The National World War II Museum displays a number of planes. You can’t go in any of them (one is cut open for a view inside), but you can see them from walkways on three levels. It’s interesting to see the various planes up close, including where the pilots and bombers were stationed, how the planes were decorated, and size comparisons. There’s also an exhibit of uniforms various crews wear. This wing has the Final Mission: USS Tang Submarine Experience. This an add-on exhibit ($7), a 15 minute interactive experience. From the museum website: “Final Mission: USS Tang Submarine Experience is both intimate and personal—accommodating 27 visitors per “patrol.” Each will receive a “watch bill” representing a specific Tang crewmember and many will be “enlisted” to perform specific tasks to navigate through the battle. At the end of the experience, they will discover if they were among those lost or one of the few who, after a harrowing ordeal at sea, suffered on in Japanese captivity.”
Beyond All Boundaries
This 4D “journey” is a movie with some added effects (like props coming down from the ceiling and up from the stage floor, flashing lights, sudden chair movements, fog effects and snow). The experience takes about an hour, and provides a good introduction to the war. The museum does not recommend it for young kids, and I’d agree. It’s a $7 add-on (free for WWII veterans) and the tickets are timed.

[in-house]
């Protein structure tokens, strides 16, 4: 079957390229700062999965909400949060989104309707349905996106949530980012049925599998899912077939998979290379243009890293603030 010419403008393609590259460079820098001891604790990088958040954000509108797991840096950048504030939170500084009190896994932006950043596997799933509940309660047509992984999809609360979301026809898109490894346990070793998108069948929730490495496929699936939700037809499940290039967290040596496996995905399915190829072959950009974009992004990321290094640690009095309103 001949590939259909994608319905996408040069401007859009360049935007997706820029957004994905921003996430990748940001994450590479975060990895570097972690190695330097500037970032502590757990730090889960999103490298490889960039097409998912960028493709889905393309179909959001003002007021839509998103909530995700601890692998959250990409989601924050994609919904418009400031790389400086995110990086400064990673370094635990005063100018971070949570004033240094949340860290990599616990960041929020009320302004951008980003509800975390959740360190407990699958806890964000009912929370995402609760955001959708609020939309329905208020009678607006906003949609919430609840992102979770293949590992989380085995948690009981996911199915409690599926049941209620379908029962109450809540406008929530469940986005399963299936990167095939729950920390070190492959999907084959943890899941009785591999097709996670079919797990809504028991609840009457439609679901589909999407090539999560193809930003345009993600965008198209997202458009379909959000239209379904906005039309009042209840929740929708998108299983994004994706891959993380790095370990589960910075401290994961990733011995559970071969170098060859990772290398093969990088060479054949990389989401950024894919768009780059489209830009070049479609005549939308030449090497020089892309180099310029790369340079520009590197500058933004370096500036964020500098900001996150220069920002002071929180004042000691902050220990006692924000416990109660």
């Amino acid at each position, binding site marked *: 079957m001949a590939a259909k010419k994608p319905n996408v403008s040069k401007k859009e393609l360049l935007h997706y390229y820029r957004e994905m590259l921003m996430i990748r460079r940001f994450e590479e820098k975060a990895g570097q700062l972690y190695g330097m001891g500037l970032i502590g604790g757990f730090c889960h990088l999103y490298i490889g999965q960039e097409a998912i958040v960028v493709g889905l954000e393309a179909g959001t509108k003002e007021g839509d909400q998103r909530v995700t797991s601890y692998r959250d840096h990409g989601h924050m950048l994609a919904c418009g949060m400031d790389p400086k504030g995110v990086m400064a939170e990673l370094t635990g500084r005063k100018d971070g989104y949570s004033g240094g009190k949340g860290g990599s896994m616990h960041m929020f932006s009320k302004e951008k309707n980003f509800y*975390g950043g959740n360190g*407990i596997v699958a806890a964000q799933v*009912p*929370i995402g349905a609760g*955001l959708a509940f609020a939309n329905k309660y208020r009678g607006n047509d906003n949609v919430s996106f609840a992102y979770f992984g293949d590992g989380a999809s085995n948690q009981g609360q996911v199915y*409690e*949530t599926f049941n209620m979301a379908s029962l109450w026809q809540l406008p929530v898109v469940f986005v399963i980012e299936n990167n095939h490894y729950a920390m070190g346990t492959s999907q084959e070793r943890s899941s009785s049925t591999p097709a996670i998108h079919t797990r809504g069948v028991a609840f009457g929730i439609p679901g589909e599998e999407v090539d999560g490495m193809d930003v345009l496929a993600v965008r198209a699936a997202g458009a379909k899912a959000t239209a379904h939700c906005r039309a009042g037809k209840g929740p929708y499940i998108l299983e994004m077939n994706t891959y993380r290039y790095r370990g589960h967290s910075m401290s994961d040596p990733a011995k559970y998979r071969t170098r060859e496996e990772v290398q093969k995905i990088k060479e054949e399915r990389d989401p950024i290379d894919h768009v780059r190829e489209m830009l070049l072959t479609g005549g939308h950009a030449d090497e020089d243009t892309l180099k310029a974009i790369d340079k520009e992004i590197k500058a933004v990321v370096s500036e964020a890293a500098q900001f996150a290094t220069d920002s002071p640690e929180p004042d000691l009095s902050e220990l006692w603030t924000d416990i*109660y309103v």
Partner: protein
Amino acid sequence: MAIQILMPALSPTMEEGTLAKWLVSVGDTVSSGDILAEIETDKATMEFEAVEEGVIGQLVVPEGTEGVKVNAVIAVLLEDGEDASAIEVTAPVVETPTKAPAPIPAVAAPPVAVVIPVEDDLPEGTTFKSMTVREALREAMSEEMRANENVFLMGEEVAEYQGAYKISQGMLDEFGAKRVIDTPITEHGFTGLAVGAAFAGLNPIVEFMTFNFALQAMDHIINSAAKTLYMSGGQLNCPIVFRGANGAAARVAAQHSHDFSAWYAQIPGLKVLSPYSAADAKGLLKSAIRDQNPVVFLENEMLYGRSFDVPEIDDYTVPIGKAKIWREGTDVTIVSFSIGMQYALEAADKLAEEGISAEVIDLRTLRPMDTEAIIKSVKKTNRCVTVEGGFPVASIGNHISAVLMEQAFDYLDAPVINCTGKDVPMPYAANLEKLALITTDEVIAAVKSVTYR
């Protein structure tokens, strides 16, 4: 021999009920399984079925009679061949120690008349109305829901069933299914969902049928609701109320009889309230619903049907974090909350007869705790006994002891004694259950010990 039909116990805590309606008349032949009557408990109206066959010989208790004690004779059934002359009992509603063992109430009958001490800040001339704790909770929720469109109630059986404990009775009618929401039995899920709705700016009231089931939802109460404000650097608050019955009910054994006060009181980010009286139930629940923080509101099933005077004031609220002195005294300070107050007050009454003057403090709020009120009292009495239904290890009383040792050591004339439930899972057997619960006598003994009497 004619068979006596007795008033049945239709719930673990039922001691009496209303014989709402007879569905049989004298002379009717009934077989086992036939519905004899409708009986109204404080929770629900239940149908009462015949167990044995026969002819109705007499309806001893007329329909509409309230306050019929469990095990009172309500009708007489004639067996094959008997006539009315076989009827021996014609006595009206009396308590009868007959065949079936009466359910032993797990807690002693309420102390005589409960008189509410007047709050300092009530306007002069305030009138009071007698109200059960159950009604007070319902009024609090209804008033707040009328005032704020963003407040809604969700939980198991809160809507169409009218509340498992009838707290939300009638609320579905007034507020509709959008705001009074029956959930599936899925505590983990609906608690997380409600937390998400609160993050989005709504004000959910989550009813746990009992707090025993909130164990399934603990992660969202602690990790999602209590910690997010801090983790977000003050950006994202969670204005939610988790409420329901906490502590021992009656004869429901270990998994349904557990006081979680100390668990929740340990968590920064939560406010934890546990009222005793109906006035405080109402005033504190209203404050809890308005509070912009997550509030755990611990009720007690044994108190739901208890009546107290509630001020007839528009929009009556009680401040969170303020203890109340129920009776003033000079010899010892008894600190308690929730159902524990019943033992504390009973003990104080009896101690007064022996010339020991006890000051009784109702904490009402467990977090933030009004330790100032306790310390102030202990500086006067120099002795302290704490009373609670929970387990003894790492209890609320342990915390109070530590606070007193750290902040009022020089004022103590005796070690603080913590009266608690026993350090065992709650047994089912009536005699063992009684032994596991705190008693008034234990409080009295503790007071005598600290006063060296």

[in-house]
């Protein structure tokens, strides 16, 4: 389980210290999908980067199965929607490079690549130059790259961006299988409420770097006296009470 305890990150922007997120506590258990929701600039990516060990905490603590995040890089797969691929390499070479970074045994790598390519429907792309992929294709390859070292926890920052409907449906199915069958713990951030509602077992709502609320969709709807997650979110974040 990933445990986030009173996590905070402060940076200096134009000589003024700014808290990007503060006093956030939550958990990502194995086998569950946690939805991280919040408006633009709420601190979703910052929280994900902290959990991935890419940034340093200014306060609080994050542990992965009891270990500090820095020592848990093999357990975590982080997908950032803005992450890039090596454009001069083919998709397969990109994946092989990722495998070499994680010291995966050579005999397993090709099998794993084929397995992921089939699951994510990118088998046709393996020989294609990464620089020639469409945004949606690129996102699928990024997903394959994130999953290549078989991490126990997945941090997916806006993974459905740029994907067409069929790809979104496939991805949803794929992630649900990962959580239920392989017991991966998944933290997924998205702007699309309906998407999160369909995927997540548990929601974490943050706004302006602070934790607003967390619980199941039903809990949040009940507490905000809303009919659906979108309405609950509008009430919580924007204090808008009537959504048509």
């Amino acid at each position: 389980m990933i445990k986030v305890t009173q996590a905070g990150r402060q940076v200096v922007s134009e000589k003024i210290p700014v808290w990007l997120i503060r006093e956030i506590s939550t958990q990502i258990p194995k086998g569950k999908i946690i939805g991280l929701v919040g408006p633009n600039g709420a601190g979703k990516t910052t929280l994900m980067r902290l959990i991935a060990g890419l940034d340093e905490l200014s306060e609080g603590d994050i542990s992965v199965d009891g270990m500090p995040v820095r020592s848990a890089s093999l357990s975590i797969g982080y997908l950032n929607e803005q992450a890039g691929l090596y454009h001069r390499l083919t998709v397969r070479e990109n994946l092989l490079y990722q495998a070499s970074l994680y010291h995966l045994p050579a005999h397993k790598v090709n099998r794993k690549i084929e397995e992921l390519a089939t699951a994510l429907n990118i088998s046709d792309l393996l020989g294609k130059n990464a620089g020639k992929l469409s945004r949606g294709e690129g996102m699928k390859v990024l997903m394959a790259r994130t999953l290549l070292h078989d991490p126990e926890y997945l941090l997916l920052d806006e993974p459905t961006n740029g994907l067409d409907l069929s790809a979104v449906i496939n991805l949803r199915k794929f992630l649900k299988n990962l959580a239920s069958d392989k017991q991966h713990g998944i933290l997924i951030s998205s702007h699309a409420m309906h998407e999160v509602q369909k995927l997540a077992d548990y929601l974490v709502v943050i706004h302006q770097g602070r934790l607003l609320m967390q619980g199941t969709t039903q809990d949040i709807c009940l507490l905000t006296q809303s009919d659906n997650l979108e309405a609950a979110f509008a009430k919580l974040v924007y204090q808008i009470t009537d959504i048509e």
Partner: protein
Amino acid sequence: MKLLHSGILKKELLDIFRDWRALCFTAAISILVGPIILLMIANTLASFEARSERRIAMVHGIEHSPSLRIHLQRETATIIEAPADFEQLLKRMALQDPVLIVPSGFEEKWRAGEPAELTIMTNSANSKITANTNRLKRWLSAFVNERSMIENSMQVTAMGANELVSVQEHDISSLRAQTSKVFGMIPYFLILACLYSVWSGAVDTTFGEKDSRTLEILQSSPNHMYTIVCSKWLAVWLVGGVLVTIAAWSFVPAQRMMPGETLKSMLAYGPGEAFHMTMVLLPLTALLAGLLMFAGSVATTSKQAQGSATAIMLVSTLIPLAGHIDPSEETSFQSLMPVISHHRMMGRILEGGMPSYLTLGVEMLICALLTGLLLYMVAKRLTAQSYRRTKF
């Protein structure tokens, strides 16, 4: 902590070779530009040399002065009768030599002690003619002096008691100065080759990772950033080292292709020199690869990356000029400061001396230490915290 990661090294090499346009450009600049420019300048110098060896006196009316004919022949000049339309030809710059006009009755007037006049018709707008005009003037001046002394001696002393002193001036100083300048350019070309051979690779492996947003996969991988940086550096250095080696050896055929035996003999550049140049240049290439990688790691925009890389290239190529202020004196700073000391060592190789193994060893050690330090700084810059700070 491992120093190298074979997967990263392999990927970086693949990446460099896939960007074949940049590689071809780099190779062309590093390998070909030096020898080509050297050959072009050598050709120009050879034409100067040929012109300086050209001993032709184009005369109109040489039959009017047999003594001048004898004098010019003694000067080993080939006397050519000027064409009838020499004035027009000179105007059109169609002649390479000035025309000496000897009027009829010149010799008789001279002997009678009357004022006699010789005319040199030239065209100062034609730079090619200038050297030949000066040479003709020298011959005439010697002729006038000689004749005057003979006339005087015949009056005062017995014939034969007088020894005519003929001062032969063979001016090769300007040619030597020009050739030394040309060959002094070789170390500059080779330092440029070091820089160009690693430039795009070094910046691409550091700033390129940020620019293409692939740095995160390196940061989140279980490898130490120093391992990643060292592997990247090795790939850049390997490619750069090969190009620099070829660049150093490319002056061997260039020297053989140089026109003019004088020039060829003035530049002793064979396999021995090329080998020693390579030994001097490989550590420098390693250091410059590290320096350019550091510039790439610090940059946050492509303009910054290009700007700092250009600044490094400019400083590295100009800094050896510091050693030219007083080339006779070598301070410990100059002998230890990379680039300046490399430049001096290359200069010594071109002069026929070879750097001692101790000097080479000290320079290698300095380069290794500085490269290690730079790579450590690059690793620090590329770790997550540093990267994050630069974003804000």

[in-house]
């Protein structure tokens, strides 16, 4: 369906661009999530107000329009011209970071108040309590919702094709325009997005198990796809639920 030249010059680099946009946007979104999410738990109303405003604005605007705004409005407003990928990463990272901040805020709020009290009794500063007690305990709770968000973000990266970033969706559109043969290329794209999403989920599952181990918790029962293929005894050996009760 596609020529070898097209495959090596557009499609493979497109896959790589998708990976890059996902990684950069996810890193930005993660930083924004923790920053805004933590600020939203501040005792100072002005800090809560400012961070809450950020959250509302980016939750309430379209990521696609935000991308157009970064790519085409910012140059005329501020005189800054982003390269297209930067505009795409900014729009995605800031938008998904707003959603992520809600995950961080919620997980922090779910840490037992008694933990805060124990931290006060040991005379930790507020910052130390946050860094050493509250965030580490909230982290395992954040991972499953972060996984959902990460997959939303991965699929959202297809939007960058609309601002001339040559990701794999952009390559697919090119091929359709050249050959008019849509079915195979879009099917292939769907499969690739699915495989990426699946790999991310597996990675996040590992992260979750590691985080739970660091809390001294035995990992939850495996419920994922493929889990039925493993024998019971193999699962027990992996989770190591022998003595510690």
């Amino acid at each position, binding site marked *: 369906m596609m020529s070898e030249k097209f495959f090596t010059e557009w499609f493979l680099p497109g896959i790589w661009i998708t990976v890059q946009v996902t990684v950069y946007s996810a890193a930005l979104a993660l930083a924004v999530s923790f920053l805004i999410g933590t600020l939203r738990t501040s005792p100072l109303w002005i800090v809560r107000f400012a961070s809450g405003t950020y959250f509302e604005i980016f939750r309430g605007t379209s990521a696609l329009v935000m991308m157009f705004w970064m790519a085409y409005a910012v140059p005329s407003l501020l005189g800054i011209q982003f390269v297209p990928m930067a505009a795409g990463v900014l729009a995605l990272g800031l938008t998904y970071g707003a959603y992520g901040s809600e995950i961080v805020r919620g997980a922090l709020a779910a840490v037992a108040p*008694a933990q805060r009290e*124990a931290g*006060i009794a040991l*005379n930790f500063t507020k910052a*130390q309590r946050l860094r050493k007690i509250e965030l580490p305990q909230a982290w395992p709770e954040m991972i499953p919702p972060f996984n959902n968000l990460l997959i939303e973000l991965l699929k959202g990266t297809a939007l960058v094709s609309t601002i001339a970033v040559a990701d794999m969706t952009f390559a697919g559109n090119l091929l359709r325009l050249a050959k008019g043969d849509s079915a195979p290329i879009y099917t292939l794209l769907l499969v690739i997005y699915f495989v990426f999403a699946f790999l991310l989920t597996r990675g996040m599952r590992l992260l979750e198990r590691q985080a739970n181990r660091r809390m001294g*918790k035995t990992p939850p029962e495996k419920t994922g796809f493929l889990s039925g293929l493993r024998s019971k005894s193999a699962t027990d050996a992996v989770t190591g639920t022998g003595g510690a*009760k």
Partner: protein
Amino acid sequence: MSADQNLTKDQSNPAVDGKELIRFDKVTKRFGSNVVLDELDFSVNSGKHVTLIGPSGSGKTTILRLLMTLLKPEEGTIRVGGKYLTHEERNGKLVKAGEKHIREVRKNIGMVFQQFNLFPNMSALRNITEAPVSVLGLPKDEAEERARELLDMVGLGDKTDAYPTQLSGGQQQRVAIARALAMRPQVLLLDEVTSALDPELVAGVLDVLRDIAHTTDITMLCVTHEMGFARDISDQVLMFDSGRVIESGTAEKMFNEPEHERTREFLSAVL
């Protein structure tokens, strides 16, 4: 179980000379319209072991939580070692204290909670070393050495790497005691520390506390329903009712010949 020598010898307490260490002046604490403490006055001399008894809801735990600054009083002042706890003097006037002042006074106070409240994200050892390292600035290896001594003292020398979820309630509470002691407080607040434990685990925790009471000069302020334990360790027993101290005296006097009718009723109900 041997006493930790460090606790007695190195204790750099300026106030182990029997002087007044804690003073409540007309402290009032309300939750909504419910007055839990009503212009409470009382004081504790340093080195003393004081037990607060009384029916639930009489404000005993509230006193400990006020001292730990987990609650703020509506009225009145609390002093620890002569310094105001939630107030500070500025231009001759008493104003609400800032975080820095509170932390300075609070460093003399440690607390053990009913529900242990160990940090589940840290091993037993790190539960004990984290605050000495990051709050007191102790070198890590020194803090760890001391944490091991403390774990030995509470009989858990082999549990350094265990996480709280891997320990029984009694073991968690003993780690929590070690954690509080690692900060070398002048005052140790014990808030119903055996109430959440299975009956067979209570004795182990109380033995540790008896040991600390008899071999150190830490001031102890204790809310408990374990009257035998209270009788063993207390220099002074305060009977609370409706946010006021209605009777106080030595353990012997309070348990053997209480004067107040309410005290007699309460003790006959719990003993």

Exhibits to see at the National World War II Museum with kids
There are a number of themed galleries, and you won’t make it through them all in half a day (our time-frame). Each exhibit (Road to Berlin, Road to Tokyo, the Arsenal of Democracy, the D-Day Invasion of Normandy, US Merchant Marine Gallery and Bayou to Battlefield) contains life-like displays with large artifacts, dramatic scenery, some touch-screens, short films, dog tag experiences, and other interactive elements. My teen son, who is not interested in war-time history, found the displays and presentation engaging and well done.
Somehow we missed the Arsenal of Democracy: Salute to the Homefront exhibit, which would be a great one for kids. It covers the experience of war from the United States home perspective. It covers the political discord at home prior to the war, what the Pearl Harbor attacks were like at home, and mobilizing people and manufacturing in the U.S. Some of the galleries have a recreated news stand, a typical home interior from the 1940s, a factory floor, and all these contain narratives are artifacts. I think the kids could relate to this exhibit.